allocator for Tierra.  He will use a memory allocation scheme that he
developed, which will allow us to specify where we would like the new
creature to be placed in memory.

     Walter Tackett of Hughes Aircraft (tackett at ipld01.hac.com) will visit
SFI from June 12 through July 3.  His main objective will be discuss his work
in applying artificial selection to Tierran creatures in order to evolve them
to do ``useful'' work.

13) Converation with Paul Barton-Davis (Evolution of a Decision)

     At the recent Artificial Life III conference in Santa Fe I had an
interesting conversation with Paul Barton-Davis (pauld at cs.washington.edu)
about his work with his own implementation of Tierra.  Paul built his version
of Tierra from scratch, but used the same instruction set described in Ray's
publications.  However, one thing he did differently was to eliminate the
reaper.  Instead his creatures become increasingly flawed as they age, and
eventually die from these effects.  One of the consequences of this is that
free memory is not always available when a creature requests it.  Paul
provided the following details:

    You might or might want to note the other conditions that, in addition
    to the reaper-removal, led to this adapatation and that are absent in
    the release version of Tierra:

    1) a memory allocator that uses virtual memory addresses beginning at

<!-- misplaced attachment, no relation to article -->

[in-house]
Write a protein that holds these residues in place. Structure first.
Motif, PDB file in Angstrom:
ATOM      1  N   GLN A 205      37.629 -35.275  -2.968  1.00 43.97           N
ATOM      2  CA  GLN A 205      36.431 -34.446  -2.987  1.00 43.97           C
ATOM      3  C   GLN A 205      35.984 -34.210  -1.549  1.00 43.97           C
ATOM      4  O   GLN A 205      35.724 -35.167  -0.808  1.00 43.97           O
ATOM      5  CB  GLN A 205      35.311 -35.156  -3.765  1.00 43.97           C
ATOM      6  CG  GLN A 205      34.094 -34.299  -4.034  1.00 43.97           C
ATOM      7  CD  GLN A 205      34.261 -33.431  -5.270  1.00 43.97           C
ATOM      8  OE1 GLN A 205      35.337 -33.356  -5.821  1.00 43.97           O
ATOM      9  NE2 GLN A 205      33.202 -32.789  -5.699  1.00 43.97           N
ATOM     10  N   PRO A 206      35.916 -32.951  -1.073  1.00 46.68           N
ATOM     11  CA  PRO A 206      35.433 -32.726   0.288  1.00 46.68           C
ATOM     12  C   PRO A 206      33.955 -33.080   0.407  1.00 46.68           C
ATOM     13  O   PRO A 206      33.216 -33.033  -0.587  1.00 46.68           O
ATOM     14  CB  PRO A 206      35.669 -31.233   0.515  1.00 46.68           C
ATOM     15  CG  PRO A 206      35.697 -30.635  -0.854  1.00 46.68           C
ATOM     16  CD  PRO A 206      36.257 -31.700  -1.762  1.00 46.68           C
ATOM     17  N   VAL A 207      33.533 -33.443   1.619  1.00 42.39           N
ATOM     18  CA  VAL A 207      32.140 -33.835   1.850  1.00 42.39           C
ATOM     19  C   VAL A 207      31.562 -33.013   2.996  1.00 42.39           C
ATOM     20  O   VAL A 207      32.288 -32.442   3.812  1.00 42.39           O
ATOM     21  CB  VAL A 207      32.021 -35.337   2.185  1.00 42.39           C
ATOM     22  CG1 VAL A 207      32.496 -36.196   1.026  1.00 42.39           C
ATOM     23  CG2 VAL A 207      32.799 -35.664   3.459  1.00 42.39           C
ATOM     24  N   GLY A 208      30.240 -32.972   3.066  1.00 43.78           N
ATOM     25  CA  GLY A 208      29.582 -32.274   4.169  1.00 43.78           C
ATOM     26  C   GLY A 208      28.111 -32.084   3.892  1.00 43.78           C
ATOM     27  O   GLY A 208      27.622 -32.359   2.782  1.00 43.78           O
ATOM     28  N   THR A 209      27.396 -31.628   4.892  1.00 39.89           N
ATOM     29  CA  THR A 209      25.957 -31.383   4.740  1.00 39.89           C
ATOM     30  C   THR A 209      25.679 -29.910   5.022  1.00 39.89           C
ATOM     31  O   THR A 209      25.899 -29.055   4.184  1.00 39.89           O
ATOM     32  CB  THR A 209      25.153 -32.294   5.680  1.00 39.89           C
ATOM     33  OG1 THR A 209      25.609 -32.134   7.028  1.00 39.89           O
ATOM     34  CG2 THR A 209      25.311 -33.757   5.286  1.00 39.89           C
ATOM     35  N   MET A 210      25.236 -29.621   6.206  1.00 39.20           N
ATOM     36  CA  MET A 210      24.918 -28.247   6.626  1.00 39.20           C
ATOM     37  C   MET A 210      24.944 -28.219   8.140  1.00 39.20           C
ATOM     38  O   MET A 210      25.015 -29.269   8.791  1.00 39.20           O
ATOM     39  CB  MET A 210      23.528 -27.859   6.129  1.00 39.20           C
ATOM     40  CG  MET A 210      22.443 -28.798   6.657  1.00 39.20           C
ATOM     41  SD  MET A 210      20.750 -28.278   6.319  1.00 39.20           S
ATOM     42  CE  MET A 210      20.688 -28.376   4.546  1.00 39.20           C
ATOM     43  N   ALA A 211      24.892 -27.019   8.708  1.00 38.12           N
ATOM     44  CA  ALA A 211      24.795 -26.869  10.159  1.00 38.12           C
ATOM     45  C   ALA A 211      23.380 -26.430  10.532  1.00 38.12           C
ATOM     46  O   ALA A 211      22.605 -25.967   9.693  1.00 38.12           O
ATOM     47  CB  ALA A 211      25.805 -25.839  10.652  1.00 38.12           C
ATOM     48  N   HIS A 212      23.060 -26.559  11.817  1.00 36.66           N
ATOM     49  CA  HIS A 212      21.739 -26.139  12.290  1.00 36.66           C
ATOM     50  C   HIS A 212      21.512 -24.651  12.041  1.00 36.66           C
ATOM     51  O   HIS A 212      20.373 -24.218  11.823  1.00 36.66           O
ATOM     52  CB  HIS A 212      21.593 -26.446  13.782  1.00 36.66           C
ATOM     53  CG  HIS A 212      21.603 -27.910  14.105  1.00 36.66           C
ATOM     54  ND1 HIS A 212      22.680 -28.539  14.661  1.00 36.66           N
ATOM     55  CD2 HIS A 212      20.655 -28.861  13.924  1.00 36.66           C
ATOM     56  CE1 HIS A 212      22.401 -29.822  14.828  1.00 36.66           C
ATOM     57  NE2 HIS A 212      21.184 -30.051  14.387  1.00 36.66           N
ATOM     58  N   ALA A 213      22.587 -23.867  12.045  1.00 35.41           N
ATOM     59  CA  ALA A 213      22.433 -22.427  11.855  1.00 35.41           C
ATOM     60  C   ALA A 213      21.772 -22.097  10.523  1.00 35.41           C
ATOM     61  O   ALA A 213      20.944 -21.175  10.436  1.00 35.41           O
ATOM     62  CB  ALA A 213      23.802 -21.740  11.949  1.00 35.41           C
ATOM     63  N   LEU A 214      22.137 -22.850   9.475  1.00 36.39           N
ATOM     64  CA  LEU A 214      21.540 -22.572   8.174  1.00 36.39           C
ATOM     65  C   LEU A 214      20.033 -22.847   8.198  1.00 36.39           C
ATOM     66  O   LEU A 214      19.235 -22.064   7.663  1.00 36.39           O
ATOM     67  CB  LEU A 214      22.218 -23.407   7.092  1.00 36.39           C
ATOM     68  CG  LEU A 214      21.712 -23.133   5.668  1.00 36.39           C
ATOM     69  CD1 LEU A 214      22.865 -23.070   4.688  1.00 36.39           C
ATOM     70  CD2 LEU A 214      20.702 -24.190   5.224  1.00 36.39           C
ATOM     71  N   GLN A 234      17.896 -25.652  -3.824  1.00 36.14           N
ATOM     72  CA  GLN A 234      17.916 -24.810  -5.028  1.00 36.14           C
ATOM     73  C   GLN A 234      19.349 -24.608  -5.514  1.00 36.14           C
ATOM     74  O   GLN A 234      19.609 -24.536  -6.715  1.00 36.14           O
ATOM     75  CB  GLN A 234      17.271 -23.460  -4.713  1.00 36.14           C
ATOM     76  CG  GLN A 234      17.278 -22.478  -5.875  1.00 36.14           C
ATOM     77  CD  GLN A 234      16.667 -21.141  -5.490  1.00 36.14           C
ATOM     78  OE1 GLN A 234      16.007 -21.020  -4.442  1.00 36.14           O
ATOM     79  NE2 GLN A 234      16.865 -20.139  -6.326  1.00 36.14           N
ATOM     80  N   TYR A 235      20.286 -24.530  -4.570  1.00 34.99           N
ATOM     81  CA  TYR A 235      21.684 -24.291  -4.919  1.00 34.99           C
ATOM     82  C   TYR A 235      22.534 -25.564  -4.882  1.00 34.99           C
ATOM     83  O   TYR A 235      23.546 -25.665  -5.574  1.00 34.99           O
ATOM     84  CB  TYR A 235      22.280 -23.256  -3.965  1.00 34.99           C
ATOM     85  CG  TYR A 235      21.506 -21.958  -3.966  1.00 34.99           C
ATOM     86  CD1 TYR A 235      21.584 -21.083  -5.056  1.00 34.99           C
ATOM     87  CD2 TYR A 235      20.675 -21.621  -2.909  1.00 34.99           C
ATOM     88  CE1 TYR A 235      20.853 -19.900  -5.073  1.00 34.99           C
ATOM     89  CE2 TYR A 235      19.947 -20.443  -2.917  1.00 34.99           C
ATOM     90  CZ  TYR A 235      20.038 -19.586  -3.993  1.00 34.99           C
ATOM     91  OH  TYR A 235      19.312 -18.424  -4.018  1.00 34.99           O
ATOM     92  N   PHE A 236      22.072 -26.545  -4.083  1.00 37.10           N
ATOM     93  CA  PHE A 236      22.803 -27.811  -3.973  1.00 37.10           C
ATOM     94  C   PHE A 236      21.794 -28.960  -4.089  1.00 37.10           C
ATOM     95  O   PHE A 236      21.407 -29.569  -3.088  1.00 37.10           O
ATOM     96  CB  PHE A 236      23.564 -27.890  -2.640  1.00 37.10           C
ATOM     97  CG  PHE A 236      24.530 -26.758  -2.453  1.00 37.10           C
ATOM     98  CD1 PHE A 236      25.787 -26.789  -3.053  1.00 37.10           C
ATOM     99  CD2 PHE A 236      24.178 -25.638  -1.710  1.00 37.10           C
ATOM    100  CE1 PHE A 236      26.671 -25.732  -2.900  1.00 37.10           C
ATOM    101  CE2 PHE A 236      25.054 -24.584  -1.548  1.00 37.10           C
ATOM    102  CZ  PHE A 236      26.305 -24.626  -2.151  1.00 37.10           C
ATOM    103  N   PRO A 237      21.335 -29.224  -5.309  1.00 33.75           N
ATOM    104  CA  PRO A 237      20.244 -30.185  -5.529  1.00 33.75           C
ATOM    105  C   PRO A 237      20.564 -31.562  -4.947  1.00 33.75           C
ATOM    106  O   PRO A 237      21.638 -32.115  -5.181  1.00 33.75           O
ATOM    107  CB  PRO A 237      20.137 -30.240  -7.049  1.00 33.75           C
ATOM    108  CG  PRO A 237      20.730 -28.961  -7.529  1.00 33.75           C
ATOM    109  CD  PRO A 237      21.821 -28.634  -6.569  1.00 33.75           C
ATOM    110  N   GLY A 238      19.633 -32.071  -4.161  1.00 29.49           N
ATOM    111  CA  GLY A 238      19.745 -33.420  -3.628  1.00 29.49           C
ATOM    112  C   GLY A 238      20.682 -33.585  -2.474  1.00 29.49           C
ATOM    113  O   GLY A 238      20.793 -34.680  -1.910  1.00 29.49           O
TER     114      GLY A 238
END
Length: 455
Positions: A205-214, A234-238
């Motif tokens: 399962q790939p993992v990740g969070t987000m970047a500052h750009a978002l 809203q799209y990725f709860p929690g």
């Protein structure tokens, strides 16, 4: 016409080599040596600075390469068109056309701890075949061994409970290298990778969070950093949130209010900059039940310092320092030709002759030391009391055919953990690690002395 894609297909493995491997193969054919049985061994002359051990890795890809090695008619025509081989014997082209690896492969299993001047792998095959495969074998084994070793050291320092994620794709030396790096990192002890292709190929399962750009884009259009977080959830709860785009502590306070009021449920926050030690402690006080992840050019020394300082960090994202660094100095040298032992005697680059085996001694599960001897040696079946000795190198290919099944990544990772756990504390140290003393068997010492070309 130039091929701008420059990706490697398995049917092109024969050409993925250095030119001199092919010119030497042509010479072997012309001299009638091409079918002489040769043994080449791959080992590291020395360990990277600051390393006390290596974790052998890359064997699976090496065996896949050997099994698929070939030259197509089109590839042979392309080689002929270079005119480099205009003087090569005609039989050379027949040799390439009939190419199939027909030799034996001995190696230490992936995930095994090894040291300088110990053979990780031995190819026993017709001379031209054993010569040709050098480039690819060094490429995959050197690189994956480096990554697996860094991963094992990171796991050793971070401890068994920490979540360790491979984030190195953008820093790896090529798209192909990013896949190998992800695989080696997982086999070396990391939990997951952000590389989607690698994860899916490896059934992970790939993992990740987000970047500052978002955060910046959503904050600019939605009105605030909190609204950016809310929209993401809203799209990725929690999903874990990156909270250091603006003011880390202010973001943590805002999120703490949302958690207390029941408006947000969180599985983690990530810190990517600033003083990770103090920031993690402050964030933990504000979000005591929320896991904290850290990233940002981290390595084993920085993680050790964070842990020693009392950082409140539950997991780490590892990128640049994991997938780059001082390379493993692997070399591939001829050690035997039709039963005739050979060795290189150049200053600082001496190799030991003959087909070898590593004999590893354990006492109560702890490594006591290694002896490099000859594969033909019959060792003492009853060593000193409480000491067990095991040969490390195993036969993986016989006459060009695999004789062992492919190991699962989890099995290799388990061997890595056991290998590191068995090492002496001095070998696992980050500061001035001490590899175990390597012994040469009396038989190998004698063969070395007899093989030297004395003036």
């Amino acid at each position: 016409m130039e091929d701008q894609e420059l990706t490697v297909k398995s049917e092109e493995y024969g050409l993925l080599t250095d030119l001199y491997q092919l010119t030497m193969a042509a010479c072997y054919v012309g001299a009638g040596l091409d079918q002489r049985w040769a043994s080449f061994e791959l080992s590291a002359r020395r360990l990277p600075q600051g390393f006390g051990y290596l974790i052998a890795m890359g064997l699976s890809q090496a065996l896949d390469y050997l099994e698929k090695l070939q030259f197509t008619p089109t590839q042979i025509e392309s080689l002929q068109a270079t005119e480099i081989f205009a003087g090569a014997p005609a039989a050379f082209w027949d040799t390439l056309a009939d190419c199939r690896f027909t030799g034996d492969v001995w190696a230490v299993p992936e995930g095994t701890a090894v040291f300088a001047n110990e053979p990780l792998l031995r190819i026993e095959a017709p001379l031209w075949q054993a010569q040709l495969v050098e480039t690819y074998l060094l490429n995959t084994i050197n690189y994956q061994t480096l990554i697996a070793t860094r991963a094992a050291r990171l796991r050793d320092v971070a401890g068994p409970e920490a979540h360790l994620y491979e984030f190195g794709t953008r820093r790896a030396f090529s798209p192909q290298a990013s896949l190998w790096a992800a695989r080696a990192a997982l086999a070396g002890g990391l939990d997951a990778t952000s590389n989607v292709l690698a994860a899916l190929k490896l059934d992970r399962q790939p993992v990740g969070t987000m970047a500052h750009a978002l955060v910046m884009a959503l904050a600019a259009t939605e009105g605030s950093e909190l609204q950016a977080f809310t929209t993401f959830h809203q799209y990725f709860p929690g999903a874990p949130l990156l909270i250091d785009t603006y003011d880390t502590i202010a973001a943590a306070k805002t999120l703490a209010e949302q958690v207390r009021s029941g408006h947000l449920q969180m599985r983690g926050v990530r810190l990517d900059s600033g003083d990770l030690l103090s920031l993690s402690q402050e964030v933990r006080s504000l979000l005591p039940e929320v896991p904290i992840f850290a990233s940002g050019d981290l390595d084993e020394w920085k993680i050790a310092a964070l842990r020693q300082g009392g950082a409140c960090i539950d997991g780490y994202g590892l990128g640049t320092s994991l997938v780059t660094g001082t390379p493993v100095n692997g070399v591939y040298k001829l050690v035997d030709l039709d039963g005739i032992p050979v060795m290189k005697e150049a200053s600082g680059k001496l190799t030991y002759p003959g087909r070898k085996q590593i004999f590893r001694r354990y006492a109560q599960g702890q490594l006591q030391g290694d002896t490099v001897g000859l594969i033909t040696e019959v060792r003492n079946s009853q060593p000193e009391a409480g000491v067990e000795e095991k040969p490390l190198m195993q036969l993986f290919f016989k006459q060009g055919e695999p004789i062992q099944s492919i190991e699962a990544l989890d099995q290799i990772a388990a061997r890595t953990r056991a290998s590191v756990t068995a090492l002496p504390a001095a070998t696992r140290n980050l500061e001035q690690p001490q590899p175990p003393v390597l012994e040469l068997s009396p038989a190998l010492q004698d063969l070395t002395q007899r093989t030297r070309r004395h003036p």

1, not zero (thus creating a "flag" value that can specifically
       and easily be tested for by a tierran creature).
    2) selection pressure (via the slice size) for medium size        
       creatures (256 to 5K instructions in size) (gaussian
       distribution of slice size around a mean creature size
       of about 2K)
    3) memory protect bits turned on, and used in a significant fashion.
    4) a more complex ancestor, although the copy code is almost
       identical to Ray's 80aaa.

     An adaptation which evolved under these conditions is the first example
I know of in which a Tierran creature evolved a decision making mechanism.
If memory is not available when a creature requests it, the memory allocator
returns a value of zero in the AX register, rather than the address of the
allocated block.  The adaptation then, is to somehow move the value in the
AX register into CX (for example by first pushing AX onto the stack and then
popping that value into the CX register).  Then the creature executes if_cz,
which tests to see if the CX register is zero.  If CX is not zero, the
creature proceeds with reproduction, if CX is zero the creature executes some
code which leads to making another request for memory rather than trying to
copy the genome without having a cell to copy it into.  Paul provided the
following details:

    I recall seeing both:

        mal       ;  111
        push_ax   ;  111
        pop_cx    ;  111
        if_cz     ;  111

    as well as the slightly more expensive:

        mal        ; 111
        mov_ab     ; 111 
        push_bx    ; 111
        pop_cx     ; 111
        if_cz      ; 111

14) Future Phylogeny